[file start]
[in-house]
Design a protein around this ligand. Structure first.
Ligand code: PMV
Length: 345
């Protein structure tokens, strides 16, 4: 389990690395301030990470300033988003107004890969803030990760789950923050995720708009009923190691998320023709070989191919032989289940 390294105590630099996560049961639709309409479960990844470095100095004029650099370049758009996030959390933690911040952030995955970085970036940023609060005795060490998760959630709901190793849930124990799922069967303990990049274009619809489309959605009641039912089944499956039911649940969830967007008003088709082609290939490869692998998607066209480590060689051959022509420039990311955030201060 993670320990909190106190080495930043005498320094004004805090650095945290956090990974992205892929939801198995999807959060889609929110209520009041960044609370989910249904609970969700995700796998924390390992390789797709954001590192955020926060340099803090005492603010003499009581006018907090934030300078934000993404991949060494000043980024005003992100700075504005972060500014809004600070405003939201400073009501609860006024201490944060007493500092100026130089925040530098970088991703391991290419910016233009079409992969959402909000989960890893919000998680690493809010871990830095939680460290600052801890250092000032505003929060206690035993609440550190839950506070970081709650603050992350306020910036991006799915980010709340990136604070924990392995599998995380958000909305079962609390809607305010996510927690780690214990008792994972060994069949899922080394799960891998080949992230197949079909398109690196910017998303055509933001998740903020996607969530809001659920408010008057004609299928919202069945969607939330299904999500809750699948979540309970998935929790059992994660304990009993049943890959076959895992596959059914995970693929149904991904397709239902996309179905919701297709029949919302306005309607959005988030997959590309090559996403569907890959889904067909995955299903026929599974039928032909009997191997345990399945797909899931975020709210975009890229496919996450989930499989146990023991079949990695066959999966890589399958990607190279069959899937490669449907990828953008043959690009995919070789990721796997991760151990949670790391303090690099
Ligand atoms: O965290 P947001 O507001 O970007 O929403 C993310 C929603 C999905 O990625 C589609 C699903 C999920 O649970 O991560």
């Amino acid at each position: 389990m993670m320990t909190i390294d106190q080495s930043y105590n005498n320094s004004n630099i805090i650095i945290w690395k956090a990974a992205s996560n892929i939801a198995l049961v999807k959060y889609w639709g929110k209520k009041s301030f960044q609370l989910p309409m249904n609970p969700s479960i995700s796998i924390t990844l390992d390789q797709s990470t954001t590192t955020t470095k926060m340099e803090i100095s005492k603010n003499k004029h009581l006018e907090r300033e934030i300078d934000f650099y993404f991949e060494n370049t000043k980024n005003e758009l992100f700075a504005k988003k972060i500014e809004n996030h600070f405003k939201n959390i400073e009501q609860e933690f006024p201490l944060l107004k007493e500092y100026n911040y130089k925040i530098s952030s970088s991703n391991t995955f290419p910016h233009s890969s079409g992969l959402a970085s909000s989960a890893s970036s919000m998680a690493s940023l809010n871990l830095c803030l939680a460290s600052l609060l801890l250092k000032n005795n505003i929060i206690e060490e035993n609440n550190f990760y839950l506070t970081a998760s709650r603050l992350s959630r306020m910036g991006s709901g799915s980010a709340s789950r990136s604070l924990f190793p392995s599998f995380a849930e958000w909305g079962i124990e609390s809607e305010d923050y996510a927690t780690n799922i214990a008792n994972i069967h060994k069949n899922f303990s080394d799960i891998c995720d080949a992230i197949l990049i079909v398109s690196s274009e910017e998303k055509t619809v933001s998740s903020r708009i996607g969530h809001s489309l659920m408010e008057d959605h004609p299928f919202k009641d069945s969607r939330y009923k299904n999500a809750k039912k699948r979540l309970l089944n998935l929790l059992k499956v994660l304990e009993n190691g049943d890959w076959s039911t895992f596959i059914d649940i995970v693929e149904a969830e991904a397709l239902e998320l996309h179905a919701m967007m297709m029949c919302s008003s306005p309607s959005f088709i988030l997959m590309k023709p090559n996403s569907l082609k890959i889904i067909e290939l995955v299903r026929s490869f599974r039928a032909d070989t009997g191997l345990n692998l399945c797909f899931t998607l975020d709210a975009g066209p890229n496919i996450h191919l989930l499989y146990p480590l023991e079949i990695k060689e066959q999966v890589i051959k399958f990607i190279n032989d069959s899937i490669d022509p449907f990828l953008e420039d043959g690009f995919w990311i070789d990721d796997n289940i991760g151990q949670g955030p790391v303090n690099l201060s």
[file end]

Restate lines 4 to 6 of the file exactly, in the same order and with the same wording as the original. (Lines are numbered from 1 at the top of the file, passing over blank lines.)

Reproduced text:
Length: 345
């Protein structure tokens, strides 16, 4: 389990690395301030990470300033988003107004890969803030990760789950923050995720708009009923190691998320023709070989191919032989289940 390294105590630099996560049961639709309409479960990844470095100095004029650099370049758009996030959390933690911040952030995955970085970036940023609060005795060490998760959630709901190793849930124990799922069967303990990049274009619809489309959605009641039912089944499956039911649940969830967007008003088709082609290939490869692998998607066209480590060689051959022509420039990311955030201060 993670320990909190106190080495930043005498320094004004805090650095945290956090990974992205892929939801198995999807959060889609929110209520009041960044609370989910249904609970969700995700796998924390390992390789797709954001590192955020926060340099803090005492603010003499009581006018907090934030300078934000993404991949060494000043980024005003992100700075504005972060500014809004600070405003939201400073009501609860006024201490944060007493500092100026130089925040530098970088991703391991290419910016233009079409992969959402909000989960890893919000998680690493809010871990830095939680460290600052801890250092000032505003929060206690035993609440550190839950506070970081709650603050992350306020910036991006799915980010709340990136604070924990392995599998995380958000909305079962609390809607305010996510927690780690214990008792994972060994069949899922080394799960891998080949992230197949079909398109690196910017998303055509933001998740903020996607969530809001659920408010008057004609299928919202069945969607939330299904999500809750699948979540309970998935929790059992994660304990009993049943890959076959895992596959059914995970693929149904991904397709239902996309179905919701297709029949919302306005309607959005988030997959590309090559996403569907890959889904067909995955299903026929599974039928032909009997191997345990399945797909899931975020709210975009890229496919996450989930499989146990023991079949990695066959999966890589399958990607190279069959899937490669449907990828953008043959690009995919070789990721796997991760151990949670790391303090690099
Ligand atoms: O965290 P947001 O507001 O970007 O929403 C993310 C929603 C999905 O990625 C589609 C699903 C999920 O649970 O991560």